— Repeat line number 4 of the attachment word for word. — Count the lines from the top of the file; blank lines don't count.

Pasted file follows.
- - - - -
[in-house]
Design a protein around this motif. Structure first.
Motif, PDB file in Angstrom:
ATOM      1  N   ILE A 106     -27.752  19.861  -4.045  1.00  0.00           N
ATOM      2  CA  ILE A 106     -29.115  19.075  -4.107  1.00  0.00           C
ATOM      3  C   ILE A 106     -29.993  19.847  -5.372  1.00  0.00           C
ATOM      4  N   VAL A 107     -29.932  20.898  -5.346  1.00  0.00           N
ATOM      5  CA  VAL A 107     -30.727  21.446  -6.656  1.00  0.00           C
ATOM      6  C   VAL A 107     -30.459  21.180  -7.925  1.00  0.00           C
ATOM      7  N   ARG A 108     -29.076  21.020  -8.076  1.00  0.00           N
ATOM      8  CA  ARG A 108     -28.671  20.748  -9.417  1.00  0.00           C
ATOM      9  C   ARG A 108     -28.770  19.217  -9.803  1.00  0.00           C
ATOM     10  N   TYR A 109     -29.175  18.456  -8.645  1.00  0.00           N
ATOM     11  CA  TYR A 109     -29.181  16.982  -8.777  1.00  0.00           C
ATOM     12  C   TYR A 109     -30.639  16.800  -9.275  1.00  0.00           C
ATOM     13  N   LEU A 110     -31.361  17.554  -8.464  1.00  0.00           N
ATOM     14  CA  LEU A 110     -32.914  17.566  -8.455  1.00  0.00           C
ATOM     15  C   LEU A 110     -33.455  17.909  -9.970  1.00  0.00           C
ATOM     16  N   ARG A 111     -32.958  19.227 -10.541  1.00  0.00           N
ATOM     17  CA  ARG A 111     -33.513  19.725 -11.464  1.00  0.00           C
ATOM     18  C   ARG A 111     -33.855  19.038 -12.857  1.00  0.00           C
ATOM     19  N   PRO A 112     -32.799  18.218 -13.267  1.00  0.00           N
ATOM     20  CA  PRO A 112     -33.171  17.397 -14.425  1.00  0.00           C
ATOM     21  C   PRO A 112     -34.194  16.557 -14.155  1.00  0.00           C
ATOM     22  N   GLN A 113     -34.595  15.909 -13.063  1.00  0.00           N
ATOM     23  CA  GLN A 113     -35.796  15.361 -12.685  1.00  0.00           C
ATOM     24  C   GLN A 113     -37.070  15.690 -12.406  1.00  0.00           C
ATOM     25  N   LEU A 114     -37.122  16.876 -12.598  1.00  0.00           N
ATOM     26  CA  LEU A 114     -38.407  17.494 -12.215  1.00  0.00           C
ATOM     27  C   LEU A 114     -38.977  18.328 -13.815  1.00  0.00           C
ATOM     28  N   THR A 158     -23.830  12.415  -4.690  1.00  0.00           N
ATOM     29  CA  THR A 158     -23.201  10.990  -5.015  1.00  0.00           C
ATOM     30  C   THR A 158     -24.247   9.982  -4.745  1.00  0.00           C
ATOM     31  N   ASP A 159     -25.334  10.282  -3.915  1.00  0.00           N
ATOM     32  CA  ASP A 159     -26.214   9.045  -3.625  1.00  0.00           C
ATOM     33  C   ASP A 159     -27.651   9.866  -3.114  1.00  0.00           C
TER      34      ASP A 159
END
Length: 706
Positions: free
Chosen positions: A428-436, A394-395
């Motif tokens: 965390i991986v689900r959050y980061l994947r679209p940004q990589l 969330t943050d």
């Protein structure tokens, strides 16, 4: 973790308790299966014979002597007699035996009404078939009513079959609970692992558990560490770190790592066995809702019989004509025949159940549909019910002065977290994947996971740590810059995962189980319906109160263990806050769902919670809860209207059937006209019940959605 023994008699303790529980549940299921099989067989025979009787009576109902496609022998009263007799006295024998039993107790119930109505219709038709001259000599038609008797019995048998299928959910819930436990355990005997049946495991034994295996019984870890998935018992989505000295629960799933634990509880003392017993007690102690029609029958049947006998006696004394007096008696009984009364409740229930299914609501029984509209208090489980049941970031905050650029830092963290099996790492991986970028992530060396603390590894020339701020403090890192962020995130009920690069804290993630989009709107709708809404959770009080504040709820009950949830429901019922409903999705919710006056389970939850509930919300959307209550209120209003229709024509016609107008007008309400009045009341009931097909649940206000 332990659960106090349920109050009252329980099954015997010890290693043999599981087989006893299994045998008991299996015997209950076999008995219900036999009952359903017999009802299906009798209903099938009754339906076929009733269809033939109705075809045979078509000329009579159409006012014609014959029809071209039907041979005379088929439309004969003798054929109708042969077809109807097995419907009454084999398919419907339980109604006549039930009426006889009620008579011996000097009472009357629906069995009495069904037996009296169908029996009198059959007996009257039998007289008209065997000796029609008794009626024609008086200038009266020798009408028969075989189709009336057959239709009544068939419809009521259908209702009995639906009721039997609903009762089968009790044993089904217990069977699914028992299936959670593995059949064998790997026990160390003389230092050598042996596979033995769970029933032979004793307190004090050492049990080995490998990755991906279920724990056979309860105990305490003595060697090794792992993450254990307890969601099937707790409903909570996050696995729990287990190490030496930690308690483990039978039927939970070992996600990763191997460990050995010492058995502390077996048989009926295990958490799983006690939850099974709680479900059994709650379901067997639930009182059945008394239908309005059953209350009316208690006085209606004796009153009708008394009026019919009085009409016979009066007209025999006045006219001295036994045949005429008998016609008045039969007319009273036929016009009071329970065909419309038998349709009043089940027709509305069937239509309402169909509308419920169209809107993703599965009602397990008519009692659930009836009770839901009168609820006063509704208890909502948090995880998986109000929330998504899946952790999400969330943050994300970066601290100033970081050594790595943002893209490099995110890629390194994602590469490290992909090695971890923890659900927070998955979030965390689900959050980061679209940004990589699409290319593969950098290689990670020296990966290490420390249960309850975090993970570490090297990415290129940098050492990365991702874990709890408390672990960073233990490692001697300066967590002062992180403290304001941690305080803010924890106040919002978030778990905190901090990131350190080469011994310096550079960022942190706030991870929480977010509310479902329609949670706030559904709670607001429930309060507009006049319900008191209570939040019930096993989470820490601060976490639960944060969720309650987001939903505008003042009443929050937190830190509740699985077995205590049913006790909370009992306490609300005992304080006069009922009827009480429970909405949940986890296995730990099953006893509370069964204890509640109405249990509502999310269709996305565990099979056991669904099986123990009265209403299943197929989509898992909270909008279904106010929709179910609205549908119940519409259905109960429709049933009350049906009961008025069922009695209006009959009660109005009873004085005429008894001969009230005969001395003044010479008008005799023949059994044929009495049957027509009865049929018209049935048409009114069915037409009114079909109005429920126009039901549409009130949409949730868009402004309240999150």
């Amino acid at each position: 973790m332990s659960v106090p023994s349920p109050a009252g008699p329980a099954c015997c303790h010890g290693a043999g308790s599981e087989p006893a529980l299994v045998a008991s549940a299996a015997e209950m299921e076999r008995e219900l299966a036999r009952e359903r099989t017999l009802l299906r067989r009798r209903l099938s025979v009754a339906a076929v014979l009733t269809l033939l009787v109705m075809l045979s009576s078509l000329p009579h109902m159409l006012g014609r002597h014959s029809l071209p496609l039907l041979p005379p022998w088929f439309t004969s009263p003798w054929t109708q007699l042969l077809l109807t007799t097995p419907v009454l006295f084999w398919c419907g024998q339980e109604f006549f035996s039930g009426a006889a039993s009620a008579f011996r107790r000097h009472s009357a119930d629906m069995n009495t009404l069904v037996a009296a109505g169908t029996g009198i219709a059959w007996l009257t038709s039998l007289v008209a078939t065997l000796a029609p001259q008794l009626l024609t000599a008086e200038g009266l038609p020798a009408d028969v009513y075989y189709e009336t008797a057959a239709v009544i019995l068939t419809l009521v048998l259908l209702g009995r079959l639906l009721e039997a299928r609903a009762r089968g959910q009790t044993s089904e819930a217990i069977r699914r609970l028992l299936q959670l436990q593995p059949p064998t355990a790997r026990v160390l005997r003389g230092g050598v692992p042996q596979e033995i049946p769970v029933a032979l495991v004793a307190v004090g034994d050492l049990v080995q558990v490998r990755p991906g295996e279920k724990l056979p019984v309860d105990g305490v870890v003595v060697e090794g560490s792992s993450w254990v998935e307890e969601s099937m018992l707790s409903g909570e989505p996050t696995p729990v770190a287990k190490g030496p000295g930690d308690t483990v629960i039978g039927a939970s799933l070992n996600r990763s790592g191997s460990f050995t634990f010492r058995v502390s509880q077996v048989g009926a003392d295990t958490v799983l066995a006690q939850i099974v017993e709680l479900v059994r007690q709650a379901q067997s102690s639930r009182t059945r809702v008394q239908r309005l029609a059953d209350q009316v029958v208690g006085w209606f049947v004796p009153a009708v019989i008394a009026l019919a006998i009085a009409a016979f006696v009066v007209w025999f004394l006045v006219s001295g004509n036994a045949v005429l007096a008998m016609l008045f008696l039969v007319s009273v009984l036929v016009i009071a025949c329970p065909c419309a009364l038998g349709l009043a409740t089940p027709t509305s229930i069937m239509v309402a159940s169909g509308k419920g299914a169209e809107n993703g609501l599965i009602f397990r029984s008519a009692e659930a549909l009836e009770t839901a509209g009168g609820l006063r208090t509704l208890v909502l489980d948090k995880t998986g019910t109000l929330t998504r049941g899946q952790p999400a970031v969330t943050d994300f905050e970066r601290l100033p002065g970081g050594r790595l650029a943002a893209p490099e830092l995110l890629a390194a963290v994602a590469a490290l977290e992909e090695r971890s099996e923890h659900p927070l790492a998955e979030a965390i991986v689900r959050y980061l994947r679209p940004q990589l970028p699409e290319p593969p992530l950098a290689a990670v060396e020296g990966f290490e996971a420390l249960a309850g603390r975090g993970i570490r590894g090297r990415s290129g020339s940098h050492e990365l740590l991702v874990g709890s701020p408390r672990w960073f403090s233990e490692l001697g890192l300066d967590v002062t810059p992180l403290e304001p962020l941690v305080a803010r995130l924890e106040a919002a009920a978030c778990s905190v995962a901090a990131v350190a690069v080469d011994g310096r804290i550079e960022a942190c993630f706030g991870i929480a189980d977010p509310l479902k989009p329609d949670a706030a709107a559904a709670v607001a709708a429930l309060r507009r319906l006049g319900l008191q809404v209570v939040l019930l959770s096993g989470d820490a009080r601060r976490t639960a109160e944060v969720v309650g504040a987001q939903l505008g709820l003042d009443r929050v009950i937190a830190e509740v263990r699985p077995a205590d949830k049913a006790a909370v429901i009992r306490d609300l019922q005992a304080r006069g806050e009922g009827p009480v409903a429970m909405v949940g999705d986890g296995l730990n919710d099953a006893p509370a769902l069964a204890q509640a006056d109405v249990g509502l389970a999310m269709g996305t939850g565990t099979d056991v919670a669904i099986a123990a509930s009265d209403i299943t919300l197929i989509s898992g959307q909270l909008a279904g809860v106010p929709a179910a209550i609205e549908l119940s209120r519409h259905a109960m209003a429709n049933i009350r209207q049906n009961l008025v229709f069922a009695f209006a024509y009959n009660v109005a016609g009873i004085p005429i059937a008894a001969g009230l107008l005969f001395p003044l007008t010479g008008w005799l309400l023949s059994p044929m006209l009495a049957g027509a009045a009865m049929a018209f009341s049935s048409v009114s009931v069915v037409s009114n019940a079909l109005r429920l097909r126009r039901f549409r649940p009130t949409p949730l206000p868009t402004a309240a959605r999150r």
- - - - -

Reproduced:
ATOM      1  N   ILE A 106     -27.752  19.861  -4.045  1.00  0.00           N